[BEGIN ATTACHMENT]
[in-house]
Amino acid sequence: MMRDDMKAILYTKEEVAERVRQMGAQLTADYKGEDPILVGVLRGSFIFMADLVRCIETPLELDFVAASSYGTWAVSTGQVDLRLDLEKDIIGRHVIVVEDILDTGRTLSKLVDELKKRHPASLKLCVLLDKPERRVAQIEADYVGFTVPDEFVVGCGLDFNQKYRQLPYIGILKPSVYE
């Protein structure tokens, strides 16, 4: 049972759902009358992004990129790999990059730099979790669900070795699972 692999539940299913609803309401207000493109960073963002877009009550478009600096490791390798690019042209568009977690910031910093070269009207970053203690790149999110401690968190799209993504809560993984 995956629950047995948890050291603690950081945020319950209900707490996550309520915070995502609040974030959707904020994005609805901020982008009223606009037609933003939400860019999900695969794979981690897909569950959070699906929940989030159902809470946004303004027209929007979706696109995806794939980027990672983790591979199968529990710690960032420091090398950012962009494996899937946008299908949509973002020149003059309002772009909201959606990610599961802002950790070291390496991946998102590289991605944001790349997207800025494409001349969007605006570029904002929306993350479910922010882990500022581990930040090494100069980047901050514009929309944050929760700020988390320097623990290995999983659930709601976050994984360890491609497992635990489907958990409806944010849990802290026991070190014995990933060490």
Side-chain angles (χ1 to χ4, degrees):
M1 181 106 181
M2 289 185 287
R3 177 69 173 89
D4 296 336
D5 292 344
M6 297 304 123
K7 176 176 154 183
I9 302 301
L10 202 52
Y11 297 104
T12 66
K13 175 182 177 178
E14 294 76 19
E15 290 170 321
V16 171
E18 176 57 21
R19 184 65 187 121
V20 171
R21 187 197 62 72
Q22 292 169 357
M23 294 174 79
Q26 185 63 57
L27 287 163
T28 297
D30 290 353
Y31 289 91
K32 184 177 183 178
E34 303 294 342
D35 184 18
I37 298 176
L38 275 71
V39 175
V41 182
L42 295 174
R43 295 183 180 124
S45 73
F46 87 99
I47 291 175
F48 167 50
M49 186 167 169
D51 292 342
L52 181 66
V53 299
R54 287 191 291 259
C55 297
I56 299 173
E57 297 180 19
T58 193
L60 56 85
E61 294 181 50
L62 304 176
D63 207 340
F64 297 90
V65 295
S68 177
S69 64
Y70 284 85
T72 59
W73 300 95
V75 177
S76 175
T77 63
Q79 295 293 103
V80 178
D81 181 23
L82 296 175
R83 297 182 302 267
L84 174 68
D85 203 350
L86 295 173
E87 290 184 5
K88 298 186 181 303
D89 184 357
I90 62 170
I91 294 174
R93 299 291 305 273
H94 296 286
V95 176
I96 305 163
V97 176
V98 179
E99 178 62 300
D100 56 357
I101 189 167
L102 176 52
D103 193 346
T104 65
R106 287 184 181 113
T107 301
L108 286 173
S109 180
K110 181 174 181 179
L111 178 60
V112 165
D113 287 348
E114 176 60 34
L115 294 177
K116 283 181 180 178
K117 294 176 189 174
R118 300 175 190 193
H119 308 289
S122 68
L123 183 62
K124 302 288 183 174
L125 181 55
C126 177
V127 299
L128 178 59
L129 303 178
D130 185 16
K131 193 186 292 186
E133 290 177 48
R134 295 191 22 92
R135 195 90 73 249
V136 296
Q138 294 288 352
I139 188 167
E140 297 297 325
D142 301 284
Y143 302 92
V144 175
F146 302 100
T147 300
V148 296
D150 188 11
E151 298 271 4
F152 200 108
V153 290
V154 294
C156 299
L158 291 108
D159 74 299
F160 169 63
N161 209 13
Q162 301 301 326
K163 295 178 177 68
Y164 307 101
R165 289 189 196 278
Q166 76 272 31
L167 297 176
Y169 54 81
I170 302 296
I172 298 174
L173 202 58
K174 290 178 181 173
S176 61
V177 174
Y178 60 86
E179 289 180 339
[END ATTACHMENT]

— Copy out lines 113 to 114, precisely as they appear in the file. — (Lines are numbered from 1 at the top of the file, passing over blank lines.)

L129 303 178
D130 185 16